Next are the plucky Bombay Miners and Sappers who suffered ten casualties.  Three recovered and seven remain under medical care.

The well-tested 1st Sikhs had twenty-one casualties. Only one died, two recovered and the rest are still being cared for.

Of twelve casualties among The 2nd Sikhs, two died, one recovered and nine remain under care.

Thirty-two Berkshires were wounded. Amazingly only two died, eight recovered leaving twenty-two under the care of the medicos. However, when the canpaign began, the battalion numbered 101 soldiers. Count what is left, if you please.

Col. Sinclair: "Good Morning General! I hay' the honor to report  only ten wounded, one poor laddy succumbed, I scare believe not more and of the rest one is back to duty whilst eight remain with the Doctor."

General Pettygree: "I'm sorry to learn your Colonel is among the missing, perhaps a prisoner with two of the sowars. That leaves you as the sole British officer in the 9th Bengal Lancers."

Lieutenant Gill: "Aye Sir."

General Pettygree: "Due to your conspicuous duty helping to save the left flank, I promote you to a captaincy placing you in temporary command in Senior Captain Paget's absence."

Captain Gill: "Thank you General."

Casualties were fourteen. Three recovered, three are missing in action including Col. Lawford and eight remain in hospital.

The 10th Hussars guarded the rear of the Khyber Field Force two days ago suffering no losses. When the campaign commenced the regiment had 26 men. Twenty are pictured. Attrition.

The Khyber Field Force will return to Fort Grant ending the 1899 campaign year.

1. KHAN'S losses were 276 miniatures. In the course of the next few months 86 recovered; the rest lost.

2. Pettygree's losses were 105. Immediately after the engagement 21 recovered 9 were lost, 3 deemed captured, the rest remaining under care.

3. Two weeks later on 1 November 1899, 23 more recovered, 11 more were lost, 3 still deemed missing whilst the rest remained under care.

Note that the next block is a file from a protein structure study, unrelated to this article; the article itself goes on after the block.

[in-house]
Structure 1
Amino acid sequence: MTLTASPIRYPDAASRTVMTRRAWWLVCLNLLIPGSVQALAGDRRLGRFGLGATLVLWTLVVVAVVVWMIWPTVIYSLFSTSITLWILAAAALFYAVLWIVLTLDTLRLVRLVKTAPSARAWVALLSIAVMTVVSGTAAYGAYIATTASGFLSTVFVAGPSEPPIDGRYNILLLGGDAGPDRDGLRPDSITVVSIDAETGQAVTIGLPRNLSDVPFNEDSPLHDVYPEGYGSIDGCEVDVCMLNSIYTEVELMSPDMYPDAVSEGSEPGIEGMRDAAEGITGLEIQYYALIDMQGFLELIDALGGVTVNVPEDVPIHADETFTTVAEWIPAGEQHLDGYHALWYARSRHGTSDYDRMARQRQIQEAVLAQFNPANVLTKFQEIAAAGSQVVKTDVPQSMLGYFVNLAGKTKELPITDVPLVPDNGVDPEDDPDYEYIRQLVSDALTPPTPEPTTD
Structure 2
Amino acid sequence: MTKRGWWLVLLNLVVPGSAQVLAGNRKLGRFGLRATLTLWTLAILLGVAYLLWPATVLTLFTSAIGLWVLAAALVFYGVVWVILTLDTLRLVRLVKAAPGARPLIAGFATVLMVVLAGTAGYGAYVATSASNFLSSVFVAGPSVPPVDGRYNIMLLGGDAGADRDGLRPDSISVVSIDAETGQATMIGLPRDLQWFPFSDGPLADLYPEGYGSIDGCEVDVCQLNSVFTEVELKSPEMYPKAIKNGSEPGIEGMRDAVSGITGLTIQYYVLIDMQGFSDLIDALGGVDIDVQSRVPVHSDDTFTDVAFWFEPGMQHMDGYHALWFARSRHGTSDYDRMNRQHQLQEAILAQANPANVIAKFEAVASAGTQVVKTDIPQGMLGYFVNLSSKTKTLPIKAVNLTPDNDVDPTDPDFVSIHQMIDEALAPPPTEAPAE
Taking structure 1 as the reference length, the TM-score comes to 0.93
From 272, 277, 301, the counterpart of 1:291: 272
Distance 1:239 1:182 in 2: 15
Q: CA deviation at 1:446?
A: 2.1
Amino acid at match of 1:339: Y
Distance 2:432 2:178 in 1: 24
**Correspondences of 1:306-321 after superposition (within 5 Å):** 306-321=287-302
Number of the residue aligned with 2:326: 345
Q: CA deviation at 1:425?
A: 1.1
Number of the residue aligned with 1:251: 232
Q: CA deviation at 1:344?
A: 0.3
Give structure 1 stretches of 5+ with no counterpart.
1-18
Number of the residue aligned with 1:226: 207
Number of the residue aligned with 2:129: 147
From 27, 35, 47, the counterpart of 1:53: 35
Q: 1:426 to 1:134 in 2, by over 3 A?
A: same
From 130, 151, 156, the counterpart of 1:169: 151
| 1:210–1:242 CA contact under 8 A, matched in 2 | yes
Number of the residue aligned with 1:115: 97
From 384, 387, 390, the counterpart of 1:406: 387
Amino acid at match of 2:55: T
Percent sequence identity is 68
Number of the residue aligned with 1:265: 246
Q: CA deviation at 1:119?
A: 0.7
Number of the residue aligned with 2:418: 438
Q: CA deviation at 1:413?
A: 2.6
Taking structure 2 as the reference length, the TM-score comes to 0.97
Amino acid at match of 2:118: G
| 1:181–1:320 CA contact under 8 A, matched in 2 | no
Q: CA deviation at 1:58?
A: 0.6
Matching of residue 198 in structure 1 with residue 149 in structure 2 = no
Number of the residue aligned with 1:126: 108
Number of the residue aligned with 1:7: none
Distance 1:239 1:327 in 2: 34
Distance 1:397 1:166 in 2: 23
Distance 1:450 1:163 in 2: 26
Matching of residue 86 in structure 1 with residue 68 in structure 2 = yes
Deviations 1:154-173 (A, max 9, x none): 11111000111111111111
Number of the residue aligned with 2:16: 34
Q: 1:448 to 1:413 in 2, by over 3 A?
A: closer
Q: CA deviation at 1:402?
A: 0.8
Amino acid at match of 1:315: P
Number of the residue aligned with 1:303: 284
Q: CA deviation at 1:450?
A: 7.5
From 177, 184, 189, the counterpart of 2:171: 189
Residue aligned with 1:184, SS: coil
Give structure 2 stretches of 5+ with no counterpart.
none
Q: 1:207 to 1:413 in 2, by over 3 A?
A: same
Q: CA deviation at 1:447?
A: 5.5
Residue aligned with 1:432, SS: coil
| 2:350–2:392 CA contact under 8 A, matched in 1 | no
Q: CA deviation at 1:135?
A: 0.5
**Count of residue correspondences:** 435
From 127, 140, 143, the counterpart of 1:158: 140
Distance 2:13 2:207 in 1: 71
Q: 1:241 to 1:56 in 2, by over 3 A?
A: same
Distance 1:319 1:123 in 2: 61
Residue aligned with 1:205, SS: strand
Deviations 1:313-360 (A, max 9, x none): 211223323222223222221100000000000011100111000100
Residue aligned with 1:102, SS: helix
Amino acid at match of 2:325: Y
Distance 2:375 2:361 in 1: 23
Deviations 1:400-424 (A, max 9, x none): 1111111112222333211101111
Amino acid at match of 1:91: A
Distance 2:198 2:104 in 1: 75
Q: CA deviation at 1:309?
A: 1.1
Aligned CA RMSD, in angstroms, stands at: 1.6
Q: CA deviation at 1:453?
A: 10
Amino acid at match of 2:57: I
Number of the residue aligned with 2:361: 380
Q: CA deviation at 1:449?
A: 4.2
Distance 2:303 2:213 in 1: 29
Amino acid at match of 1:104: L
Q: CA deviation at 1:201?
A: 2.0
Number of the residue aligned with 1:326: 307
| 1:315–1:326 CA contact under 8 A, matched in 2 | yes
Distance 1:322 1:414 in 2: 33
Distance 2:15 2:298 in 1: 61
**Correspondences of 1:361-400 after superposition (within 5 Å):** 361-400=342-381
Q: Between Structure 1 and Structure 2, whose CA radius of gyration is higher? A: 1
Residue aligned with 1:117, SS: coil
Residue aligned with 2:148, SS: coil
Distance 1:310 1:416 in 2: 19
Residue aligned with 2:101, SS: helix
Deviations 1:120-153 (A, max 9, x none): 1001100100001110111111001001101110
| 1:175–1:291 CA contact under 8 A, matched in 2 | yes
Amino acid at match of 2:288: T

4. When campaign time reaches 1 December 1899, D6s will again be thrown for the Imperials still under care.

4. Dr. Watson's staff was thought to have better medical care than KHAN; a campaign convention (liberty?) to keep the Imperials in the field longer against a foe vastly outnumbering it.
Your remarks are welcome below at the word "comments."

Monday, May 3, 2010

Chapter 36: The Next Day

Date: 17 October 1899
Location: Two Miles From The Abandoned Escarpment Camp
Situation: Day After Yesterday's Two Battles
Click or Double Click Images Filling Your Screens With 'Em
Two battles were fought on 16 October, 1899. KHAN attacked The Escarpment Camp at dawn withdrawing to a fixed position behind a stream and ridge two miles away. General Pettygree gave chase fighting a second battle there in the mid-late afternoon holding the field at the end thanks to the arrival of a Relief Column appearing on KHAN's left rear flank. The next day, on 17 October....

The Imperial Army retired to the baggage forming a large three-sided square. One face remained open. From there....

General Pettygree observed....

The arrival of Lt. Col. Savory's Relief Column. His infantry will be posted along the open face of the square. Seen are: 2nd. Sikh Battalion, 3/9th Bengal Lancers and a 7" Howitzer belonging to our familiar 1st Indian Mountain Battery. To the right elephants are drinking at the creek.

Lt. Colonel Savory (2nd. Sikh Commanding Officer) leads The Relief Column in. Waiting from left to right are Times Correspondent Mr. H. Pearson taking notes for his readers and Major J. Mitchell, ADC to General Pettygree in the center.

Better view of the square as The Relief Column's approaches. Within the square are:

Facing You:
2/10th Hussars. Seaforth Highlanders, Bombay Miners and Sappers and 2.5" Mountain Guns {Highlanders kindly on loan from the collection of Der Alte Fritz}